A router sends out signals in all directions, so putting it in a corner of your house or apartment — or near a window — means that a significant amount of its signal is wasted.
You might only have a network connection in one spot, but long network cables can be pretty cheap, and moving your router can dramatically improve performance.
2) Lift your router up off the ground
There are two reasons why it’s not a ideal to have your router directly on the floor.
One is that the signals it broadcasts tend to fall slightly downward as they travel from its antenna. Additionally, they can’t easily penetrate some solid materials — metal, concrete, and cement — which may be present in your floors.
As a result, experts recommend having your router at least a few feet off the ground — perhaps on a table or bookshelf. This is also why you shouldn’t put it in the basement, especially if you have a multi-story house and a concrete foundation.
3) Try to put your router in a room where you often use the internet
Regardless of where you put your router, the signal will be strongest in the room it’s in. So ideally, you can put it in a spot that’s relatively near the center of your house and a room in which you actually use wifi-connected devices.
4) Keep your router out in the open
Because the router’s signal can be absorbed by many materials, you want to have it out in the open as much as possible. In other words, don’t hide it away in a closet, or stick it in between a big piece of furniture and a wall.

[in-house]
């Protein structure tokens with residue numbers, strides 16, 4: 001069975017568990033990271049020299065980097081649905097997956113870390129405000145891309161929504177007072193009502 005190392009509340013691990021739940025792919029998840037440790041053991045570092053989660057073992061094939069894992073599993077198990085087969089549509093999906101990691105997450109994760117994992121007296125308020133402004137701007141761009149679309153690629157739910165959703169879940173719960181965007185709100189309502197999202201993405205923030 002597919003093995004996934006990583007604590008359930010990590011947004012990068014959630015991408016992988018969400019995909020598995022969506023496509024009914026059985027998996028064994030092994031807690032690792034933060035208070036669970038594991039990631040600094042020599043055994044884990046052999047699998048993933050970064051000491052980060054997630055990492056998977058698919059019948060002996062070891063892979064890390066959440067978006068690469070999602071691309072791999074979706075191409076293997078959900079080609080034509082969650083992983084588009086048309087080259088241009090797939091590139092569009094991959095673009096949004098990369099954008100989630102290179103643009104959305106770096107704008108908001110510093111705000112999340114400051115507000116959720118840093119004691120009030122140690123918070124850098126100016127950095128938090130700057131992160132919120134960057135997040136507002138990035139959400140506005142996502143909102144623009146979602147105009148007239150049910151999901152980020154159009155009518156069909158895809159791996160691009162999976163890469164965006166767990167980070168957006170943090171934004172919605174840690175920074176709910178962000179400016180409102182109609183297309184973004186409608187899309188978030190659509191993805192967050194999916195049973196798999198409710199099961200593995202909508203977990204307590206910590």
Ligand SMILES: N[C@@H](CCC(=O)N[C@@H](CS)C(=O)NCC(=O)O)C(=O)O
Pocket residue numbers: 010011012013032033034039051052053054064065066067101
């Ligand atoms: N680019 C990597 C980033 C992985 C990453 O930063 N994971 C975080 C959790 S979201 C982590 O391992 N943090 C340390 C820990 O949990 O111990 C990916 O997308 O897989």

Radio waves travel best through open air, so sight lines are a good clue here: if you can see the router from far away, and from many different angles, you’re using it efficiently.
5) Keep the router away from other electronics
All sorts of electronic devices can interfere with your router’s signal: microwaves, TVs, cordless phones — essentially, anything that generates an electromagnetic signal or has a motor. This is why sandwiching it between home entertainment components, beneath your TV, is not a good idea. In general, keep it away from other electronics.
Large metal objects (like mirrors or filing cabinets) and water (like, say, a fish tank) can also block the signal, and should be avoided.
6) Position the antennas vertically
The router’s signal spreads out in the direction perpendicular to that of the antennas. In other words, vertically-oriented antennas will broadcast the signal horizontally, covering more of your house. (On the other hand, if you were more concerned about broadcasting the signal to multiple floors, but a smaller area of each one, you could turn the antennas horizontally.)